A thought-provoking post yesterday from Michael Carty, on the decline of trade unions. Some commentators, he says, are preparing to read the last rites for the US trade union movement. Christopher Caldwell asked last week:
If trade unions did not exist now, would we feel a need to invent them? Styles of labour organisation change and end. Guilds, indenture, phalansteries, kibbutzes, apprenticeships – all of them, in their day, had success in either enriching proprietors or ennobling workers. None is particularly fit for contemporary purpose, even if they survive here and there.
The Washington Post’s Robert J. Samuelson notes the decline of America’s unions and their failure to adapt to the demise of country’s large-scale manufacturing plants. Public sector unions, he argues, could go the same way:
Private-sector unions……never reconciled past successes with future survival. So Big Labor became Little Labor. If public-sector unions fail, Little Labor could become Mini Labor.
Could something similar happen in the UK?
The figures for all the OECD countries show a decline in union membership since the 1980s. Union membership levels vary considerably but the trend is the same, even in the highly unionised Scandinavian countries. Two of the trade unions’ biggest recruiting grounds were the large manufacturing plants and the public sector bureaucracies. The OECD countries have a lot fewer manufacturing plants than they did in the 1980s. They will soon have much smaller public sector bureaucracies too.
The level of trade union membership in the UK will almost certainly decline in the next few years. The half a million or so public sector workers due to lose their jobs will almost all be union members. Most of the private sector jobs created over the next few years will be in less unionised sectors. The social enterprises, charities and private firms which take over public sector work will have lower levels of union membership too. The trade unions are about to lose 7-8 percent of their membership. Much of this loss will be permanent.
The loss of public sector union members is likely to be seen throughout the developed world, though the scale will vary depending on the speed and size of government spending cuts. To an extent, though, the decline in unions is inevitable.
Unions were a response to big and powerful organisations. As workers were pulled into ever-larger manufacturing operations and subjected to factory discipline, organising into equally disciplined and regimented bodies was a natural response. Trade unions were a mirror image of the large corporations and public sector bureaucracies in which their members worked.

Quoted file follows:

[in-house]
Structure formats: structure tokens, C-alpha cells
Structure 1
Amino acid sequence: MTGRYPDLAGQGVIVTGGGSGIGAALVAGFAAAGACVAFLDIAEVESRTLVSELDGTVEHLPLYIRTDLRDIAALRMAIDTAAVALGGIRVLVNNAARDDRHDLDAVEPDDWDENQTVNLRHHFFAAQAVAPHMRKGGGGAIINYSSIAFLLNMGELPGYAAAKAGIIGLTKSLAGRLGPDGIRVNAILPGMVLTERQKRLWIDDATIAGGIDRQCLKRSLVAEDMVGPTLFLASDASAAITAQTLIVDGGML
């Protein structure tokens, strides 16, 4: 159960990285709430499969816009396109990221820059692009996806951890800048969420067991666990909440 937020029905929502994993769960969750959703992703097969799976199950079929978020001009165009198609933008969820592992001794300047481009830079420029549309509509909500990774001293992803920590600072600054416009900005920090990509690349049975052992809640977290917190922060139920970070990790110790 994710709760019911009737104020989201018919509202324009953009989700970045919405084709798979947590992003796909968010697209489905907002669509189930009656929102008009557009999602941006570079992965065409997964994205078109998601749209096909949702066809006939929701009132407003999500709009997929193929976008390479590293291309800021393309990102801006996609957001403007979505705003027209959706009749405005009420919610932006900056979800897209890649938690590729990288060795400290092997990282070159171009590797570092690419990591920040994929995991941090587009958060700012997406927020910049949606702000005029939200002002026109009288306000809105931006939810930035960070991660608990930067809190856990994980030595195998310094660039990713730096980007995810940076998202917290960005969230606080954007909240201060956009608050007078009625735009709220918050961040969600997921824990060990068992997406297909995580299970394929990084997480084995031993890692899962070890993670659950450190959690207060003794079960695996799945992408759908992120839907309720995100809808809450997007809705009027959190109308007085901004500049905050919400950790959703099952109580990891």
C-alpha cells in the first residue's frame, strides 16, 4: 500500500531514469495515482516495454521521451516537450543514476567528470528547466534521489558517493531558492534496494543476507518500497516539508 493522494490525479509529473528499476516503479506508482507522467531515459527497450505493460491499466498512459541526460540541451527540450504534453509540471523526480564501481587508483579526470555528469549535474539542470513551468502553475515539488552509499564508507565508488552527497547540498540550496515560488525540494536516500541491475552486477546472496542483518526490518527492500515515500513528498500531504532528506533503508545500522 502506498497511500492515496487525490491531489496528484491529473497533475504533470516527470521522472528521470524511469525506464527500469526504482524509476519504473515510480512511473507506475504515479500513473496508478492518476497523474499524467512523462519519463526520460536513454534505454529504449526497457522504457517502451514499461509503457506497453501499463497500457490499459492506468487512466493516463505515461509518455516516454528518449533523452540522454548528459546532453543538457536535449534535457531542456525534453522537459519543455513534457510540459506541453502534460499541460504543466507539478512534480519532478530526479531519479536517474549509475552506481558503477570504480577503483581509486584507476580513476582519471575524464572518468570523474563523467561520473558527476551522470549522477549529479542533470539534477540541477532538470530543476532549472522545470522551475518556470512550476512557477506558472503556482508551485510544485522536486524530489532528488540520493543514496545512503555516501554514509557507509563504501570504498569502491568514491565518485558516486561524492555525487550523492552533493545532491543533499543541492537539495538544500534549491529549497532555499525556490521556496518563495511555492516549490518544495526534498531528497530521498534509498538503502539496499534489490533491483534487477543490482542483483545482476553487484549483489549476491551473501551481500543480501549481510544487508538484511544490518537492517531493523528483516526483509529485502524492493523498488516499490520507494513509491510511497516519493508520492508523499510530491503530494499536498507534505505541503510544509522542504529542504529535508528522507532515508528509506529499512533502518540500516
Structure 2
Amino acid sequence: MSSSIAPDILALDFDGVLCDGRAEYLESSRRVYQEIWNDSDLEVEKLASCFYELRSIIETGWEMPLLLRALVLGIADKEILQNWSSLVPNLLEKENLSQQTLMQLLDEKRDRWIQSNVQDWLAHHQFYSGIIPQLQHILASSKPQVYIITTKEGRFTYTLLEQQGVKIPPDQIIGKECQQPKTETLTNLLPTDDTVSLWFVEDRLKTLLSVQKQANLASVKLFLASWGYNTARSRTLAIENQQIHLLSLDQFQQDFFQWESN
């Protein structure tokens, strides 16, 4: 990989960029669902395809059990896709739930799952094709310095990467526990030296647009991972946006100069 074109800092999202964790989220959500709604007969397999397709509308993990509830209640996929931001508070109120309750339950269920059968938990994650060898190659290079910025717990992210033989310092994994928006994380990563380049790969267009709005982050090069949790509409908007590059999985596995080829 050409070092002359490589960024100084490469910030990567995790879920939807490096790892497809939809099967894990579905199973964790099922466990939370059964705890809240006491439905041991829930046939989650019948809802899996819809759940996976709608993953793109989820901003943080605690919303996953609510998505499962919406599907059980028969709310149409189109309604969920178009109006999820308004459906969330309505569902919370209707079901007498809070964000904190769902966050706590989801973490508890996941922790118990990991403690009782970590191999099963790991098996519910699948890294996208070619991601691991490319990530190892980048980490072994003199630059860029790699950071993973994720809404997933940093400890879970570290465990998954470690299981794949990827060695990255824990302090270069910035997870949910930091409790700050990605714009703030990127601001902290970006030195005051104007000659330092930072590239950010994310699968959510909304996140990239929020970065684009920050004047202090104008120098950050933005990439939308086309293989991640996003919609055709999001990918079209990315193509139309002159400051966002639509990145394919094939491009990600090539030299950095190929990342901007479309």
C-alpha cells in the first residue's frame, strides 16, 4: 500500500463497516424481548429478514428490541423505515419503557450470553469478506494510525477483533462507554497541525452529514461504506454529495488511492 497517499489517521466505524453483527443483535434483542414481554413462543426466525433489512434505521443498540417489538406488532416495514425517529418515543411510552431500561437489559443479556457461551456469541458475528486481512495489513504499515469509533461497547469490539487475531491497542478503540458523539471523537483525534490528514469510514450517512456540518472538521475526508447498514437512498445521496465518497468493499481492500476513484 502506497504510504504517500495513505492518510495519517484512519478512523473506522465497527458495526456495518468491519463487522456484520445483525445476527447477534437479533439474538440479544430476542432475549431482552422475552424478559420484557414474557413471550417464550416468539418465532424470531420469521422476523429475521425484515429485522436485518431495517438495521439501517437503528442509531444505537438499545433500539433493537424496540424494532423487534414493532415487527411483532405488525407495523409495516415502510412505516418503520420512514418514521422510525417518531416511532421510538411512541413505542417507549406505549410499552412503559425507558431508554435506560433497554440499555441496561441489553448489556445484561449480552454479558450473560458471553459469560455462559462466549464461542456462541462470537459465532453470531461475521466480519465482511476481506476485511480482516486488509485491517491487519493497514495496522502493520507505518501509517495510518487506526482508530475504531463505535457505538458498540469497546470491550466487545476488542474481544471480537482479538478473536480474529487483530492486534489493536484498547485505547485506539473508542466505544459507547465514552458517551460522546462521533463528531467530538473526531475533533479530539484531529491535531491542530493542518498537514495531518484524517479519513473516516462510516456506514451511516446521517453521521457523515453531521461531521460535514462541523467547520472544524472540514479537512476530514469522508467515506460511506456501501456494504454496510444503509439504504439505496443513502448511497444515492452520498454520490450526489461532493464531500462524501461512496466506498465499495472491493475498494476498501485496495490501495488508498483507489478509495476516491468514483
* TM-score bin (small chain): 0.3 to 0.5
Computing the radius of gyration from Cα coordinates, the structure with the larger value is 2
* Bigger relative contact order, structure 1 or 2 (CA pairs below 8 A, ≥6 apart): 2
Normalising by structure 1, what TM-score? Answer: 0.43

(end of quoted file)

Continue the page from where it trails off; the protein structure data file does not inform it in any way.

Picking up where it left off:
Union leaders, therefore, were most comfortable when dealing with other large and well-defined organisations. They have always struggled to organise in the smaller and more fragmented sectors. Public service provision is about to see a very rapid shift from large and standardised to small and fragmented. The unions will find it hard to adapt.
Is this good news for employers and governments? Some will certainly think that weakening the power of pesky unions can only be a good thing. However, many of those who have worked with unions know that they can serve as a conduit for unrest, formalising and channeling grievances which would otherwise blow up in random and less controllable ways. As I have said before, if you work with them, they can make your job as a manager easier. The assertion by some on the anarchist left that unions are bosses’ partners in control is not entirely without foundation!
The same may well be true at national level. The weakening of trade unions does not necessarily imply that opposition to governments will weaken too. In some countries, notably France, trade unions manage to cause major disruption with only a tiny proportion of the workforce as members. In the UK, the recent protests against corporate tax avoidance, and the movement that grew up around it, were not initiated by the traditional left. The demonstrators managed to organise high-profile action around the country without any help from the trade unions.
So the gradual weakening of trade unions does not necessarily mean that employers and governments will get an easy ride. Unions serve to channel discontent in an orderly fashion. Without them, the discontent is still there but it’s much more difficult to spot and you never know in what form it will manifest itself. Non-union opposition could present problems for governments and employers alike. After all ‘shapeless movements of the labouring poor, small craftsmen, artisans and the like’ made bloodier revolutions than the disciplined trade unionists ever did.